The problem is that most people don’t really know what the permissions mean, they aren’t willing to research it, and they don’t want to have to. What they really want is to be able to trust that someone else is looking out for them.
Google does have your back, up to a point
The Play Store is pretty secure. Google does a lot of work behind the scenes to make sure that the apps on offer are safe. Most of the scaremongering about malware on Android is designed to sell security apps. If you only ever download apps from the Play Store with high numbers of downloads and a good review score, and you don’t tick the Unknown sources box in Settings > Security then you realistically have nothing serious to worry about.
The trouble kicks in if you’re concerned about privacy. If you don’t like the idea of giving strangers potential access to a lot of personal data. If you don’t like the idea of them collecting information about your habits. There’s a gray area of acceptability there that Google isn’t policing.
Your only real option if you don’t like the permissions that an app is requesting is to not install it. But, why is that the case?
Google simplified app permissions last summer (some people will say dumbed down) and things are grouped into sections now. This was supposed to make it easier for people, but it actually makes it tougher to see what specific permissions you are granting. It also means that an app can request a new permission in an update and if you’ve already granted a permission in that section it’s automatically granted without your say-so.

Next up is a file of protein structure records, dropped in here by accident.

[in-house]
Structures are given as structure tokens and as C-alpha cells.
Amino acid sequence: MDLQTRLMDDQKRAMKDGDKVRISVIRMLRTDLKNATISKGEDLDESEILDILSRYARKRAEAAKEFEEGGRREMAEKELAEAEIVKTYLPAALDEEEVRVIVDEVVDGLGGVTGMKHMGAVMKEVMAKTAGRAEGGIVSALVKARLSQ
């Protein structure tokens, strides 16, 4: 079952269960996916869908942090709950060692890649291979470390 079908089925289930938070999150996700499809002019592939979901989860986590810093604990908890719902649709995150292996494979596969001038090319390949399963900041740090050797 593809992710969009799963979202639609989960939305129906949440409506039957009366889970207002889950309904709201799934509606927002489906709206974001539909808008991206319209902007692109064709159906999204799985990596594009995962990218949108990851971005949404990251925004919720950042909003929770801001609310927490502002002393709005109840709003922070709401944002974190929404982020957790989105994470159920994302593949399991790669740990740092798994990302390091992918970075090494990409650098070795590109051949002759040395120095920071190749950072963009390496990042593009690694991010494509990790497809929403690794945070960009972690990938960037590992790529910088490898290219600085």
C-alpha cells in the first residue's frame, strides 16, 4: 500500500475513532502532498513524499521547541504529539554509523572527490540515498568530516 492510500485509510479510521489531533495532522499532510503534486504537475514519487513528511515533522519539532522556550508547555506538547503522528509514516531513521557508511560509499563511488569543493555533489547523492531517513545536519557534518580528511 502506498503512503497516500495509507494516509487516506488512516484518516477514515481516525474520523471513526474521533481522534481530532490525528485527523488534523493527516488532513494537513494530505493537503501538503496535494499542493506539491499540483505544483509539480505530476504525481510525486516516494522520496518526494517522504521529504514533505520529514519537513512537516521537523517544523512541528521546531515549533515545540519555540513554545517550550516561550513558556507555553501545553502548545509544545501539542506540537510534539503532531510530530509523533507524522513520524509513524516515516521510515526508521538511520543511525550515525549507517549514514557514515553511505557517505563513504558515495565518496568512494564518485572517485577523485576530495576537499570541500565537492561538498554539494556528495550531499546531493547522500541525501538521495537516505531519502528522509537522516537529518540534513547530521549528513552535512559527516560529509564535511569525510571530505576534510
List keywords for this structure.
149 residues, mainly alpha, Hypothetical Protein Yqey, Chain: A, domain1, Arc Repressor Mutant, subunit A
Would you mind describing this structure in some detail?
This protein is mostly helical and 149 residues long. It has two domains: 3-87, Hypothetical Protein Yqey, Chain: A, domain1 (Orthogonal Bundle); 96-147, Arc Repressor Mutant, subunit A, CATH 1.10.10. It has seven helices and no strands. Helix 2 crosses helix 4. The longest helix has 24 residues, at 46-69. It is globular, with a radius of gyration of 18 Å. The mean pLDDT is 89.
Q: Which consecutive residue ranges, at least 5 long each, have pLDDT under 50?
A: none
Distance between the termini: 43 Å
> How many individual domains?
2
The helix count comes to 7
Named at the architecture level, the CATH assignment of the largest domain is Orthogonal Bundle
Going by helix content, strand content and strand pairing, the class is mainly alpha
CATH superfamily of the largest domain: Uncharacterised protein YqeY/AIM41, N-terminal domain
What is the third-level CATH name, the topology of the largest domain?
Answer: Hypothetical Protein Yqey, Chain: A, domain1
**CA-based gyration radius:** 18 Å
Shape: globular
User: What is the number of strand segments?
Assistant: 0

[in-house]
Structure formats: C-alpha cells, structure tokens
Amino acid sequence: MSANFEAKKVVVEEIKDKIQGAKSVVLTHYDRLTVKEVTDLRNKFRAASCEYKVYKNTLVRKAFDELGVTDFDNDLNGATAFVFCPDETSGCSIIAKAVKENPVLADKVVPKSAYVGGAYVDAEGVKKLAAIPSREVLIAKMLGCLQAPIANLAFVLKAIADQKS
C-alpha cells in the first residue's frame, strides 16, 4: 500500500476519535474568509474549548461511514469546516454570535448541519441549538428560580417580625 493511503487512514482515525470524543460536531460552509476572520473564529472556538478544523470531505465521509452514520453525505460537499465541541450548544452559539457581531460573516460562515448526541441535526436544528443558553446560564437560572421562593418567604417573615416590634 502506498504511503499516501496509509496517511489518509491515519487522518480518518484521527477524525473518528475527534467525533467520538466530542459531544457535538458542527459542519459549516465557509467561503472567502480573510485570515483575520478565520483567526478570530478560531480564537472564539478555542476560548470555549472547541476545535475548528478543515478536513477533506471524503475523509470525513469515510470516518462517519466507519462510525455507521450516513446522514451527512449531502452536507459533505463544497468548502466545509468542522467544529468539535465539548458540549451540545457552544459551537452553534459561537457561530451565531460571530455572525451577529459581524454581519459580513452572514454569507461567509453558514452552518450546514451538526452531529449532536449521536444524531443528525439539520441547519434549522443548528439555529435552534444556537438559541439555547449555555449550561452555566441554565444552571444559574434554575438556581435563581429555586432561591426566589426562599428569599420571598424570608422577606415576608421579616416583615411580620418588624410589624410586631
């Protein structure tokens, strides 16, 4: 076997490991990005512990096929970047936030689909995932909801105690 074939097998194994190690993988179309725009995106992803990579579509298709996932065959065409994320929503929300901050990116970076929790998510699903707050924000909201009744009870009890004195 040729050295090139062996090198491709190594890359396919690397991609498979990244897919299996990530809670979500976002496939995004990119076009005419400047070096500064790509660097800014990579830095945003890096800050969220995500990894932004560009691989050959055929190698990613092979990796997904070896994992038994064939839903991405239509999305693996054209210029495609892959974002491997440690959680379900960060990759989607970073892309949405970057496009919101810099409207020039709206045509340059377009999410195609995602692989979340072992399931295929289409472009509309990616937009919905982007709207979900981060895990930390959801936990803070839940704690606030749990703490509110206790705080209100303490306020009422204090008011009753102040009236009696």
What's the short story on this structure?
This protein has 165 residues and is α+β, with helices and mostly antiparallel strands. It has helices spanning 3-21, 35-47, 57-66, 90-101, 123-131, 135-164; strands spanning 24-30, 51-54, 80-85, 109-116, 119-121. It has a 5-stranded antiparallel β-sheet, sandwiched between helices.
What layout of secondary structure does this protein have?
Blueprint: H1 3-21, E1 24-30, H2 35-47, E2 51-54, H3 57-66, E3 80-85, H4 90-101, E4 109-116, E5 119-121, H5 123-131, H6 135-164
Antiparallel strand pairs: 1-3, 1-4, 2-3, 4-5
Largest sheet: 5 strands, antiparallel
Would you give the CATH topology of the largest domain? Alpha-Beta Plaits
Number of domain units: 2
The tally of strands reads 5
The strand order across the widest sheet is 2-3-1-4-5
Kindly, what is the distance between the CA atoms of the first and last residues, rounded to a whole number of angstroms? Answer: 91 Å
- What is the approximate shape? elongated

We need better control over permissions
There are a lot of other ways this could work. You could be asked for a permission when an app actually needs to use it, but this could arguably impair the user experience. You could also have a clear menu where you can go in and deny specific permissions, or tell the app to ask when it needs that permission. Something like App Ops which Google rolled out and then retracted.
Google brought App Ops out in Android 4.3, though it was never advertised. It was quietly removed in Android 4.4.2. It allowed you to revoke specific permissions for apps. Officially Google claimed it was only ever intended for developers. It’s possible part of the reason it was removed was to prevent stability issues for apps if users started revoking permissions all over the place, but realistically it probably had a lot more to do with advertising revenue. If you could use free apps and easily block permissions that generate ads (and revenue for the developers) then you probably would, right? That could make Android app development unprofitable for many.
You can find a bunch of permission managers in the Play Store, many confusingly called App Ops or some variant. If you’re rooted then check out X Privacy Installer for smart protection that won’t make the apps fail.
Tell us what you think. Do you read app permissions before every install? Are you worried about leaking personal info? Do you care about anonymized data for advertisers? Is Google doing enough to protect our privacy?